The Star-Herald

A shelter dog’s story

We hope everyone enjoyed a wonderful Fourth of July weekend. Quite a few years ago, we shared this “Shelter Dog’s Story” by Susan Claire.  It still brings tears to my eyes. 

I’m just an average middle-aged guy. I have a nondescript tannish-brown coat. I’m carrying a few extra pounds, and going a little prematurely gray around the muzzle. I’ve lived here at the shelter for the past two weeks. It’s not so bad, the food is decent and the people are pretty nice. I know it’s only temporary until some nice family sees my inner beauty and decides to take me home to live with them. 

I really can’t wait to be in a family again. My last one was great. Too bad when they moved they thought it was best for me to come here and find a new family. I really miss them. 

Here comes a young family now. The little boy looks like he would be a fun playmate. 

“Hey, pick me! I love to fetch and I’ll drop the ball right at your feet!” 

Looks like his mom and dad are expecting another addition. Maybe they’re trying to find a companion for Junior so he doesn’t notice all the attention they’ll be paying to the new baby. I can keep him company and look after him while they dote on the new one. And since I’m 5 years old, I’m really very little trouble. I’m past all that crazy puppy stuff. I’m not trying to prove anything; I just want to be a good dog in a warm, safe home. 

Oh, no — they walk right past my kennel to look at the litter of puppies. Mom sure has a lot on her hands with Junior and the baby-to-come. I bet she’s not going to want to potty train a puppy. Does she realize all the bending down and late night walks she’ll be doing with a pup that young? In a few months, right around the time that baby comes, those cute little Labrador puppies will be big, rambunctious adolescents. I hope the family can make the time to socialize and exercise the puppy. 

Speaking of exercise, a Labrador retriever pup is going to be taking them for a walk. I hope they have sensible shoes and strong shoulders. 

Now they’re asking to see the puppies in the consultation room. Those puppies sure are cute. One of them will probably wiggle their way right into their hearts. 

I think I’ll just take a little nap here in my cage. Someone is sure to come by soon to see me… Oh, wait, I see the family is outside the room and discussing something in earnest. Little Junior is crying — one of the puppies knocked him down. Those youngsters are so full of themselves, they never think of how delicate the young humans are. I hope he isn’t hurt. Dad’s wiping his eyes and bending down to talk to him. Mom is shaking her head no, and now the adoption coordinator is returning the puppies to their cage. 

They’re coming back through for a second look! Here’s my chance to make a big impression. I’m going to give them all the signals that I’m a good choice. I’m running to the front of my kennel to greet them, my whole body is wagging, I’m so happy. Dad’s noticing me, and I’m making eye contact with him. My mouth is open in a big, happy grin. If they can’t tell that I’m a friendly, sociable boy after that display, then they don’t know doggy body language. I’m so happy to see them, I want to jump up, but I’m going to sit instead to impress them. Junior is laughing and trying to pet me through the cage. I lick his fingers and he giggles some more. I think he likes me.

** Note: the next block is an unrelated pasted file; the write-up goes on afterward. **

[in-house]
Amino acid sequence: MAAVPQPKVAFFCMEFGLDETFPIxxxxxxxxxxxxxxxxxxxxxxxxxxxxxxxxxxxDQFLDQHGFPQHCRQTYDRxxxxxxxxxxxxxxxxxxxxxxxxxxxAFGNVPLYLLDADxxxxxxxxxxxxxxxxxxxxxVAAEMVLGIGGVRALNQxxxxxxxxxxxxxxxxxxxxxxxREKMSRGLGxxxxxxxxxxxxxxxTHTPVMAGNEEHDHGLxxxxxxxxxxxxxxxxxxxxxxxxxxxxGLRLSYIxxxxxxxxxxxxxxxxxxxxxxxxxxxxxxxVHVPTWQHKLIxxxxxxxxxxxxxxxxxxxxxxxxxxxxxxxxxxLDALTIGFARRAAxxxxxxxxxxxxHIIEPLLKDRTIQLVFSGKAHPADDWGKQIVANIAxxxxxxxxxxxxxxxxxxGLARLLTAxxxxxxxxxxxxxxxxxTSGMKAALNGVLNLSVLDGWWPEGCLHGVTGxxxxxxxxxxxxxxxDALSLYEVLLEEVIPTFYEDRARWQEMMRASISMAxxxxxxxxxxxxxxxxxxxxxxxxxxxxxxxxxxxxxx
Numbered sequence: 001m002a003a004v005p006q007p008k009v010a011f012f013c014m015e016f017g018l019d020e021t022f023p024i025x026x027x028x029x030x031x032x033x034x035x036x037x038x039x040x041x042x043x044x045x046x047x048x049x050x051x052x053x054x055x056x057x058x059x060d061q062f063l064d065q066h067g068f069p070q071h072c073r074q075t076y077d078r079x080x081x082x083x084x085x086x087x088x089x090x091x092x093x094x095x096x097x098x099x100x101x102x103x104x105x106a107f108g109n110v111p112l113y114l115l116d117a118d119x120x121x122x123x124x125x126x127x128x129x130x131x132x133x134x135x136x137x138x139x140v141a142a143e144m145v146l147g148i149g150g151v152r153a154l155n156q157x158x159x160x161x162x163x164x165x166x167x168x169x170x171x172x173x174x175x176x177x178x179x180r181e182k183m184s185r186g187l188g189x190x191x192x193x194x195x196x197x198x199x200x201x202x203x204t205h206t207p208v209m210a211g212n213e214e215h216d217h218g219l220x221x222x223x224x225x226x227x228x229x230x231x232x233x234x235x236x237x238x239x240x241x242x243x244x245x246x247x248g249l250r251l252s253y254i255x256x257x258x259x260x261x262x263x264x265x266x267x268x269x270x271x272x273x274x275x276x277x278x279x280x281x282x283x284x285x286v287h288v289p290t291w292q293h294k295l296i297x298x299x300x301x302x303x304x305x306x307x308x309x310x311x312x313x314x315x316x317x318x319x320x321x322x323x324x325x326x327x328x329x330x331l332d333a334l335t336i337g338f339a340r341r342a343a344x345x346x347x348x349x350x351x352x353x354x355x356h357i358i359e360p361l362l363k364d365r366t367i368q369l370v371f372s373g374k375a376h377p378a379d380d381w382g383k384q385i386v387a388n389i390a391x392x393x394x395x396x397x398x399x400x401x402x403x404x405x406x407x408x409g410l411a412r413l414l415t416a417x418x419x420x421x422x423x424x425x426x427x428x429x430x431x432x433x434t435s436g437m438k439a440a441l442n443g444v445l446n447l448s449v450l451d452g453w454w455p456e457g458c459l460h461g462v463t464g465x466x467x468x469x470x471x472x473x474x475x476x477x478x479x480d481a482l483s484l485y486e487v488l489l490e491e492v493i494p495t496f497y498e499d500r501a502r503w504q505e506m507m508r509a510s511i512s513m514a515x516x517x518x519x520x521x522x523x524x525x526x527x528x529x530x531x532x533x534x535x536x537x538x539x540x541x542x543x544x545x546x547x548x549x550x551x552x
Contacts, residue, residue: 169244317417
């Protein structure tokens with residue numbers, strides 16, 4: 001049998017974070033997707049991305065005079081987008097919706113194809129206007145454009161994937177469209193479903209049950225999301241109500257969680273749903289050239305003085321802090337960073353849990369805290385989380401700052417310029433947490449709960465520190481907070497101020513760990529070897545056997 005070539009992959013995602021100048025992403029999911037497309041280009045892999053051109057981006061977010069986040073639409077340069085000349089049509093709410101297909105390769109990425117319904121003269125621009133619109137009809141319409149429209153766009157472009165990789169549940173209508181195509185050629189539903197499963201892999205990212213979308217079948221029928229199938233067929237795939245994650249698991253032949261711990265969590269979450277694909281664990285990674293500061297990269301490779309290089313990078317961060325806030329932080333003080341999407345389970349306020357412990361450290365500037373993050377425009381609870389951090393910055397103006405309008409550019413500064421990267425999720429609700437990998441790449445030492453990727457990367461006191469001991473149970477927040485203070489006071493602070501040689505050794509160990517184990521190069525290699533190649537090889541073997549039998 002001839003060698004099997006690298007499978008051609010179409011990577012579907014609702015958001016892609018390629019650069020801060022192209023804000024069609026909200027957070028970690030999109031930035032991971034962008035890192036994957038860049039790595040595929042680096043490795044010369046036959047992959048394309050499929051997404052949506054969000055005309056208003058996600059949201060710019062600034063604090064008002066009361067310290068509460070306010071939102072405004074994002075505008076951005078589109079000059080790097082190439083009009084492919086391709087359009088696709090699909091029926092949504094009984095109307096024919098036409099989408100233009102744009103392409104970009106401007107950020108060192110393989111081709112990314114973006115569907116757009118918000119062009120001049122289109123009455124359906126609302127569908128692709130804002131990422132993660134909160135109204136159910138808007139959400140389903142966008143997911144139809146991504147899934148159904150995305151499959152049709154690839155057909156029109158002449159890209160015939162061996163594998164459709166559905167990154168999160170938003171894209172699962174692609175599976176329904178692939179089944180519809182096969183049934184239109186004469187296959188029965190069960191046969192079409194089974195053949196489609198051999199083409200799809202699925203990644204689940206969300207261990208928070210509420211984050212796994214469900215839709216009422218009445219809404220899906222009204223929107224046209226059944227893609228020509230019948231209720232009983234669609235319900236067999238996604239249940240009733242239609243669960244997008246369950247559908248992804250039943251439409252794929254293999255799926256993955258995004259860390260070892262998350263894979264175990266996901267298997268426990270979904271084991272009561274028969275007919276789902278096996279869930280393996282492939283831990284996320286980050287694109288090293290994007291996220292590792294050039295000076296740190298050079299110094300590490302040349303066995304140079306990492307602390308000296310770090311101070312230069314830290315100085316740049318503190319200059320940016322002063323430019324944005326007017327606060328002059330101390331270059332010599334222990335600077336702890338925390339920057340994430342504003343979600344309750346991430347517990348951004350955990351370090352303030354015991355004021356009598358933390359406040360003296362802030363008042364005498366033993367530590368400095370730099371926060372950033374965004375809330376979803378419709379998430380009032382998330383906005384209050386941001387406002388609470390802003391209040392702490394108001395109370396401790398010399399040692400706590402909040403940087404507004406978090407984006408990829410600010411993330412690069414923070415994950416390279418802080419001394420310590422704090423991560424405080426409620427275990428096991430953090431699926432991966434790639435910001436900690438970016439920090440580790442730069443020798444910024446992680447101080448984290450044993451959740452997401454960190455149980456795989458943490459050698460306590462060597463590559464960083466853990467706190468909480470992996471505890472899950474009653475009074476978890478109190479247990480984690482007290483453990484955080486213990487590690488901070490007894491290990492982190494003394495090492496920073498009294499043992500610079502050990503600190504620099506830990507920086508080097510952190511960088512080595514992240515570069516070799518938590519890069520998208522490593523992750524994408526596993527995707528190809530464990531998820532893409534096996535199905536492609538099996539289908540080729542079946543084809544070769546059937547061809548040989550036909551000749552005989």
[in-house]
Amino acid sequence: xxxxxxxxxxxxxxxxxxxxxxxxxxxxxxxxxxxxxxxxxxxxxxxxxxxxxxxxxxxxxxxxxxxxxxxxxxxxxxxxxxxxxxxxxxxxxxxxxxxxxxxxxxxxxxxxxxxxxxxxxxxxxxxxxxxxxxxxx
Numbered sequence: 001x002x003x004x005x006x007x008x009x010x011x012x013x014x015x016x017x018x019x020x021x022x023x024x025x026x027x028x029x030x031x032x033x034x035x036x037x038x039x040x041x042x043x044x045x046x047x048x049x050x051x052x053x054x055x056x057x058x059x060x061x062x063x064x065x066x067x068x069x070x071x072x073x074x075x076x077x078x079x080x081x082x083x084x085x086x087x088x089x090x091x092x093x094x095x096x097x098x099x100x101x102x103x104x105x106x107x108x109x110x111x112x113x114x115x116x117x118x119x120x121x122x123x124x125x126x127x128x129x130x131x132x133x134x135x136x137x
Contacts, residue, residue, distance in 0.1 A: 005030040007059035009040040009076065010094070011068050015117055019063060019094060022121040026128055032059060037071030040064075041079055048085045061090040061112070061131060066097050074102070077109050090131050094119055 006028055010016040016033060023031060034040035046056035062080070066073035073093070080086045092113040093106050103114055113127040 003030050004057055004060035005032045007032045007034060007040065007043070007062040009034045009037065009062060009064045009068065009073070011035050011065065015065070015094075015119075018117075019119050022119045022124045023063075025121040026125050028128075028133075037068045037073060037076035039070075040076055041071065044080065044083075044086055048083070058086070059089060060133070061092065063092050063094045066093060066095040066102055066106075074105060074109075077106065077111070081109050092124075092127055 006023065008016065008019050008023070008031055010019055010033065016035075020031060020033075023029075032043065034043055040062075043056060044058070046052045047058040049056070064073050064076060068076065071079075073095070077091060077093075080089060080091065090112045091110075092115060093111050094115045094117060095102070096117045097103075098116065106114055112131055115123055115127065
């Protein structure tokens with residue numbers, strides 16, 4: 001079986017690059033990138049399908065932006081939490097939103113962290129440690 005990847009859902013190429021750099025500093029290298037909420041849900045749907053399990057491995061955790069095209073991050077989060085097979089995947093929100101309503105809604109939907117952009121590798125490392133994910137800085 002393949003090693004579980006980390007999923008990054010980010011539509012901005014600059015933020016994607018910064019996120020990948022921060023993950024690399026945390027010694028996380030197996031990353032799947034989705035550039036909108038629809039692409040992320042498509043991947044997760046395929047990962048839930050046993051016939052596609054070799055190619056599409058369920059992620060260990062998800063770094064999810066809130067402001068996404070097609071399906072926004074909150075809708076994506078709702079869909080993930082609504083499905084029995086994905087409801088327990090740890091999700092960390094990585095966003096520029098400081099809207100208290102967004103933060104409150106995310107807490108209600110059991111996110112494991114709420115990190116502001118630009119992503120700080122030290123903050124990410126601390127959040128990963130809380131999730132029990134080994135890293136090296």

I’m sitting real nice and polite and Mom just said to Dad that I seem like a nice calm dog. Yay!
Oh, no, they’re moving on to the next kennel. They’re passing Chloe, the schnauzer’s cage now. She’s barking and leaping four feet into the air over and over again. Don’t pick that one — she’ll need a lot of training. 

Good, they keep going. Now they’re in front of Toby’s cage. Poor Toby, he’s scared of everything. They’re all trying to coax him, but he’s hiding in the back and won’t come to the front to meet them.  Little Paco the Chihuahua is trying to figure out if he wants to say hi to Junior or not. 

Uh, oh, Junior rushes at the cage and Paco growls at him. Mom and Dad are talking to the staff again and pointing this way. 

Here comes the adoption coordinator. He’s opening my cage with the key and I’m going to the room to meet my potential new family. Here’s my big chance. As I walk into the room, Mom says, “Hi Max. Are you a good boy?” I’m wagging my tail as hard as I can, and curving my body toward them. I look up into her eyes and sit for her to pet me. 

“Wow, he’s a nice dog,” she says. Dad adds, “He’s not the most beautiful dog in the place, but…”

And just as he does, I go over to Junior and put my head in his lap. As he pets me I quietly lick his hand. 

“He likes me, Dad. I want this one.” 

I think they can finally see that I am the perfect dog for their family.  

Please check out the Central Aroostook Humane Society’s Facebook page to see if you can find a furry new family member.  Please be responsible, spay/neuter your pets.

Gloria J. Towle is the secretary and a member of the board for the Central Aroostook Humane Society.

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